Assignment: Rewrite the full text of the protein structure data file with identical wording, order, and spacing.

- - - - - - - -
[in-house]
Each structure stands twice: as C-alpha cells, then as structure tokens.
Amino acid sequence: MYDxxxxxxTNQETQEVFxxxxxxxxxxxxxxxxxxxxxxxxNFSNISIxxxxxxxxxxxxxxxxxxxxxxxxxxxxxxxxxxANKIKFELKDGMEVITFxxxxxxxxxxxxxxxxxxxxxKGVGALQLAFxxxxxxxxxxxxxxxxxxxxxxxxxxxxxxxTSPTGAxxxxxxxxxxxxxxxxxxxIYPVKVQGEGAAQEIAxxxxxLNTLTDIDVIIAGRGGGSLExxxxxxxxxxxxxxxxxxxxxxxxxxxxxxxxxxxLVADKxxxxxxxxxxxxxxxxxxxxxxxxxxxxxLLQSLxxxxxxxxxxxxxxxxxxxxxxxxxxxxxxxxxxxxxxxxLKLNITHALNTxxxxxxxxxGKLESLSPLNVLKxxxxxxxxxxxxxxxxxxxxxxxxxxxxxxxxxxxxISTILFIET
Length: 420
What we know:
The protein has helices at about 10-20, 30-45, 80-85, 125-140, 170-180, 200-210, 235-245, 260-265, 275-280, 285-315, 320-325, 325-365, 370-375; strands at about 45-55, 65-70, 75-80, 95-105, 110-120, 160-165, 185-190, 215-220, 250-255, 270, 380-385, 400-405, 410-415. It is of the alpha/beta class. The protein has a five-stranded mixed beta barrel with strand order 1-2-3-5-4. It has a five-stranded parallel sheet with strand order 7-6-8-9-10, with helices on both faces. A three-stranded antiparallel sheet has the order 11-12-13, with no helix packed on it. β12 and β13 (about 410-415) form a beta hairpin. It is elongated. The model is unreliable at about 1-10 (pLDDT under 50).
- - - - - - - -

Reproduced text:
[in-house]
Each structure stands twice: as C-alpha cells, then as structure tokens.
Amino acid sequence: MYDxxxxxxTNQETQEVFxxxxxxxxxxxxxxxxxxxxxxxxNFSNISIxxxxxxxxxxxxxxxxxxxxxxxxxxxxxxxxxxANKIKFELKDGMEVITFxxxxxxxxxxxxxxxxxxxxxKGVGALQLAFxxxxxxxxxxxxxxxxxxxxxxxxxxxxxxxTSPTGAxxxxxxxxxxxxxxxxxxxIYPVKVQGEGAAQEIAxxxxxLNTLTDIDVIIAGRGGGSLExxxxxxxxxxxxxxxxxxxxxxxxxxxxxxxxxxxLVADKxxxxxxxxxxxxxxxxxxxxxxxxxxxxxLLQSLxxxxxxxxxxxxxxxxxxxxxxxxxxxxxxxxxxxxxxxxLKLNITHALNTxxxxxxxxxGKLESLSPLNVLKxxxxxxxxxxxxxxxxxxxxxxxxxxxxxxxxxxxxISTILFIET
Length: 420
What we know:
The protein has helices at about 10-20, 30-45, 80-85, 125-140, 170-180, 200-210, 235-245, 260-265, 275-280, 285-315, 320-325, 325-365, 370-375; strands at about 45-55, 65-70, 75-80, 95-105, 110-120, 160-165, 185-190, 215-220, 250-255, 270, 380-385, 400-405, 410-415. It is of the alpha/beta class. The protein has a five-stranded mixed beta barrel with strand order 1-2-3-5-4. It has a five-stranded parallel sheet with strand order 7-6-8-9-10, with helices on both faces. A three-stranded antiparallel sheet has the order 11-12-13, with no helix packed on it. β12 and β13 (about 410-415) form a beta hairpin. It is elongated. The model is unreliable at about 1-10 (pLDDT under 50).